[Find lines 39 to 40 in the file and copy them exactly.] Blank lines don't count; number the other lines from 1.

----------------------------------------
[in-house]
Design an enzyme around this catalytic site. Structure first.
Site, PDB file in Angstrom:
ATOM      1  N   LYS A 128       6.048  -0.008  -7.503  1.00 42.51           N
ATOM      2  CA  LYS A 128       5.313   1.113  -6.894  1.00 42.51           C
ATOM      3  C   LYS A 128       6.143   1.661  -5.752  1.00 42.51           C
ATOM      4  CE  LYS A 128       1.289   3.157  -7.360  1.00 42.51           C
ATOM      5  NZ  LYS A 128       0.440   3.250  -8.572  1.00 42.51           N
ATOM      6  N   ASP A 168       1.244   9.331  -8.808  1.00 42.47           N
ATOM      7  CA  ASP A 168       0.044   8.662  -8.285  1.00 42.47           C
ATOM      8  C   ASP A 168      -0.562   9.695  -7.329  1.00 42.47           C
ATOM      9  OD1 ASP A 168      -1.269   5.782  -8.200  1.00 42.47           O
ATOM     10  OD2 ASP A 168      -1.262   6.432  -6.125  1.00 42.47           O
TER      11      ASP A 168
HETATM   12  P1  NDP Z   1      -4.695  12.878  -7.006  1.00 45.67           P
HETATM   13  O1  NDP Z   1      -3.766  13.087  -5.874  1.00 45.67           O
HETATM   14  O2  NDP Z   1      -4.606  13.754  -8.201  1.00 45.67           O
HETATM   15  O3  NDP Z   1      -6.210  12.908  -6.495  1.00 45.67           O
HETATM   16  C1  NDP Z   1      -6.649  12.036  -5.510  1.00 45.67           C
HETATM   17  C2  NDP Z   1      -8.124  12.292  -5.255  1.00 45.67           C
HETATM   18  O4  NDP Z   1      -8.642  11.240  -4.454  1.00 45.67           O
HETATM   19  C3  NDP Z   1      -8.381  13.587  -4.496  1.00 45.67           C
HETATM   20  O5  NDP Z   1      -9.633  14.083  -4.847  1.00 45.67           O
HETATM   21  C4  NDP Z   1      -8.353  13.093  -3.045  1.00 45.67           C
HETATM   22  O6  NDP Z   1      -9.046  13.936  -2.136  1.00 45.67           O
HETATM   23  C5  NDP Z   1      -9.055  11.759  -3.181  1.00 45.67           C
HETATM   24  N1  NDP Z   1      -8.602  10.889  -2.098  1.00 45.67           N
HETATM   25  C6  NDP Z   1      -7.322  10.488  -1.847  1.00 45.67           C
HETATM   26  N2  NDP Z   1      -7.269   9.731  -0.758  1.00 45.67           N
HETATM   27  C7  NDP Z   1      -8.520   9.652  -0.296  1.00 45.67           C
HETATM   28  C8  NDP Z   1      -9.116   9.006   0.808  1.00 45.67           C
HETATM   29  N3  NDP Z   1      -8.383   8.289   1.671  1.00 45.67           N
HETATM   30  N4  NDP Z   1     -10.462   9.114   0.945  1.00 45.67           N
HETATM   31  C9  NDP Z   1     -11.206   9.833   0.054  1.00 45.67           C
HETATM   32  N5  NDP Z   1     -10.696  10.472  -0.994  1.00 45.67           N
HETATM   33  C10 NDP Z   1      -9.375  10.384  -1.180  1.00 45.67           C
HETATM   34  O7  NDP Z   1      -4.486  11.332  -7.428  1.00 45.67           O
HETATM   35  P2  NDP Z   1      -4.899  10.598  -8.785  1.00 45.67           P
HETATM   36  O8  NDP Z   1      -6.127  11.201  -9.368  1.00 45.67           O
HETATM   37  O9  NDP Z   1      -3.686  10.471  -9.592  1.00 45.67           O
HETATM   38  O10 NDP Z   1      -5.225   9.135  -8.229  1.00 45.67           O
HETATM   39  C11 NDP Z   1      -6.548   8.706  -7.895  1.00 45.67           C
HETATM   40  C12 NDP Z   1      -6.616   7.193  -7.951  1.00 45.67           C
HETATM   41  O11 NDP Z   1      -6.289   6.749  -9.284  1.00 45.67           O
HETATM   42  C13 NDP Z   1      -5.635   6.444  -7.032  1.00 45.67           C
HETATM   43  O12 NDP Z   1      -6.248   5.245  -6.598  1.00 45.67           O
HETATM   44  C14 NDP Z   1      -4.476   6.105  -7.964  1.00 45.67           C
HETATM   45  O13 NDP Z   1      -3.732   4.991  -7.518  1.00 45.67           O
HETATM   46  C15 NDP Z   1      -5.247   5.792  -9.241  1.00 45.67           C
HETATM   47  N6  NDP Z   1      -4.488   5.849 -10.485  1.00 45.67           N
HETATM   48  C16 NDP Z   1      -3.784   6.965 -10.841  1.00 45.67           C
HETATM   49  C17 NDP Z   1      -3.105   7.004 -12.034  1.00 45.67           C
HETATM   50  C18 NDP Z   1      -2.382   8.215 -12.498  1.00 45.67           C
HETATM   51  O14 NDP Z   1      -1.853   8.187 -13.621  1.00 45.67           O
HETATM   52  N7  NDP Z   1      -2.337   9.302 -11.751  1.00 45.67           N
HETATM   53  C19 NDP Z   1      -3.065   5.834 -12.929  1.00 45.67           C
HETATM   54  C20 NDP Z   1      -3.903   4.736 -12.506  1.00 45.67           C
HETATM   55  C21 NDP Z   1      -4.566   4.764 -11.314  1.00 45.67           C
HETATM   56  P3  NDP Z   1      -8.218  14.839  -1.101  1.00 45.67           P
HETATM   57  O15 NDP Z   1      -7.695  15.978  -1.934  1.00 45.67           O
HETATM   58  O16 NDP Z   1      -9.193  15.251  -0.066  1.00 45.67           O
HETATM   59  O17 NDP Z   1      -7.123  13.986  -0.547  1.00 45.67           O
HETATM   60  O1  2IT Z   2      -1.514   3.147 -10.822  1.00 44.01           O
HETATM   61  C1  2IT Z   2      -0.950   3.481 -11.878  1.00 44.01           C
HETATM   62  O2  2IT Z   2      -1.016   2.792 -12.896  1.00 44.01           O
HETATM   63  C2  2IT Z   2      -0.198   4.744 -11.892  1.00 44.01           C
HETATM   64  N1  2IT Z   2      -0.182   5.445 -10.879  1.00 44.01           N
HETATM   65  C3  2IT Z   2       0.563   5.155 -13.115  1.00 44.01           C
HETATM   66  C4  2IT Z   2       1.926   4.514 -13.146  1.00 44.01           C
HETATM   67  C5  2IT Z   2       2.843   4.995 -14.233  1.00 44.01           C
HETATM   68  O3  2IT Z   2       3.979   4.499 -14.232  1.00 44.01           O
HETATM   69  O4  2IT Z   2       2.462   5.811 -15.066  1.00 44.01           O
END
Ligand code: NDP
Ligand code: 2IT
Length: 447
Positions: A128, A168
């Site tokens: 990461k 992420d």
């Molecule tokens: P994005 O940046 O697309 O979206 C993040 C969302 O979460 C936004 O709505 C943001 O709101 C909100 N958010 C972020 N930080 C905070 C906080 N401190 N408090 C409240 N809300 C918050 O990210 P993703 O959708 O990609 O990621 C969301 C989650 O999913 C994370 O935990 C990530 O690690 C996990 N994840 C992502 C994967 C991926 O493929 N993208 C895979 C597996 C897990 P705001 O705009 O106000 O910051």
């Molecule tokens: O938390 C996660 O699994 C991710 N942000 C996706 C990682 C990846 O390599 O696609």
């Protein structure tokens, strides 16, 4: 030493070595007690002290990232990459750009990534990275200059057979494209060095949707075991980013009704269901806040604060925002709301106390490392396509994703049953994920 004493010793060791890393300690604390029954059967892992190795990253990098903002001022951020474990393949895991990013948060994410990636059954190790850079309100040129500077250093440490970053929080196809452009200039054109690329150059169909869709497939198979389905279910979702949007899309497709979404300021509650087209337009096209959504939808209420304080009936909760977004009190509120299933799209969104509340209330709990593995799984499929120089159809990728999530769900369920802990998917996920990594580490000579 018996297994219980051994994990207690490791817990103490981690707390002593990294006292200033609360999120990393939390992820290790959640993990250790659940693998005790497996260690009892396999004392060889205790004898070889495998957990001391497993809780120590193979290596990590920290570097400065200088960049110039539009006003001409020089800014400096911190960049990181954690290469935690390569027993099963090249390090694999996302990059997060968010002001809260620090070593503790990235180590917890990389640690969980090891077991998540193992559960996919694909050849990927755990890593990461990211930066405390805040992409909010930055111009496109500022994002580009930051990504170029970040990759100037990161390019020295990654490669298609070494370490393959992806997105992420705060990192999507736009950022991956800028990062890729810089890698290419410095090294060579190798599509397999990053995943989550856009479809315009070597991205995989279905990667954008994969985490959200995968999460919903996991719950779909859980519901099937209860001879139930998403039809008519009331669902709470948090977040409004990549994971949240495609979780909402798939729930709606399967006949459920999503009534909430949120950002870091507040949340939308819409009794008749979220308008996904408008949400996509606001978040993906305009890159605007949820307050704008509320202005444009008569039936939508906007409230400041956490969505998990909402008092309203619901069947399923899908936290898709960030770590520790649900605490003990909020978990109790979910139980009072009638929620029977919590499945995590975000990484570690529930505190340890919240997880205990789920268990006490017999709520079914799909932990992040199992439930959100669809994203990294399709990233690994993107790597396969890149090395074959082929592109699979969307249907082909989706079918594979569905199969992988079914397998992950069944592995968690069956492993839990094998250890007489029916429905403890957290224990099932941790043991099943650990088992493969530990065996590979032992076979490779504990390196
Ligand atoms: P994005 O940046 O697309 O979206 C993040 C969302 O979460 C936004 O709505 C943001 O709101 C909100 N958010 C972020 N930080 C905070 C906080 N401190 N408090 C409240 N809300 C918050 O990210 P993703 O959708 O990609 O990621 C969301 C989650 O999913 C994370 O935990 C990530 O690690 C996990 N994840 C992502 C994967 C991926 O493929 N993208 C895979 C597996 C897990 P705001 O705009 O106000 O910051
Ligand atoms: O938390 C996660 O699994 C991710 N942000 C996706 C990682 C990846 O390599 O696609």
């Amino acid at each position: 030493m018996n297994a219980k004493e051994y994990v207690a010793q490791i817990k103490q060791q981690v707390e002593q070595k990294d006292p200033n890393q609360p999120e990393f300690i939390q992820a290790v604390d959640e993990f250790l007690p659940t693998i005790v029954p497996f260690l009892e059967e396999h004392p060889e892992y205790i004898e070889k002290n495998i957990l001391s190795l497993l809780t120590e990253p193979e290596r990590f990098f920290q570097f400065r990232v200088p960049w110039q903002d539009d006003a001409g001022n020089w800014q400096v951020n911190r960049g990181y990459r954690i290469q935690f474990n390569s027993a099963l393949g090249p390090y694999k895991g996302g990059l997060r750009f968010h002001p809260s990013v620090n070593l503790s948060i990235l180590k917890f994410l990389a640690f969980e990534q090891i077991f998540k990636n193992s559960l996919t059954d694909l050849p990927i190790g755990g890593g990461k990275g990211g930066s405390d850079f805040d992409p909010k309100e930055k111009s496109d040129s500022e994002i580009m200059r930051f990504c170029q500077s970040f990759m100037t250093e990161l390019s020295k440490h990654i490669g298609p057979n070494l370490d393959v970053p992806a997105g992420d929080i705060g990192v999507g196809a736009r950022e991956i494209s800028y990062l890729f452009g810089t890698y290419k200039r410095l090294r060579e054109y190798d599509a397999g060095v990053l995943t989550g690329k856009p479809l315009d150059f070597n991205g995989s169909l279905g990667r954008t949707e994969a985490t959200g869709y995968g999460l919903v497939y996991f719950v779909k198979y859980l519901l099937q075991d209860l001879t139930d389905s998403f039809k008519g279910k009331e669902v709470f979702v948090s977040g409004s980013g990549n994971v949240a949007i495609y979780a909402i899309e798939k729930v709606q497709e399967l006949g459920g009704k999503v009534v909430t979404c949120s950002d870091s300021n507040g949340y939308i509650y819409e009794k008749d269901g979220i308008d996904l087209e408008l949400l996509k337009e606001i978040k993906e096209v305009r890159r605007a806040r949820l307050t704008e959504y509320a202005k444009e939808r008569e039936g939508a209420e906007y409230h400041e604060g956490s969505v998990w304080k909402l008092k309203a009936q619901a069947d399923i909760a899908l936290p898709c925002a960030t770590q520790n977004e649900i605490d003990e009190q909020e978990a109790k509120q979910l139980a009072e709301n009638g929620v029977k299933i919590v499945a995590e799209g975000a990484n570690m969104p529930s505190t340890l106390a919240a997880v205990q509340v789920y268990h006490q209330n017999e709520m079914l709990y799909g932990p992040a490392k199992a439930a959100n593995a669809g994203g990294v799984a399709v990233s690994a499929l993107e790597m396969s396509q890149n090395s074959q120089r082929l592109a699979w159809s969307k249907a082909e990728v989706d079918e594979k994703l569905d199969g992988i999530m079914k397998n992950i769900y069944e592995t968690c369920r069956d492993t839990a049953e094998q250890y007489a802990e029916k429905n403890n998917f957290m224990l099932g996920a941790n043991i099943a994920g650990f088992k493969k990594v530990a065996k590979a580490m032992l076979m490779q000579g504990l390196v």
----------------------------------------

HETATM   36  O8  NDP Z   1      -6.127  11.201  -9.368  1.00 45.67           O
HETATM   37  O9  NDP Z   1      -3.686  10.471  -9.592  1.00 45.67           O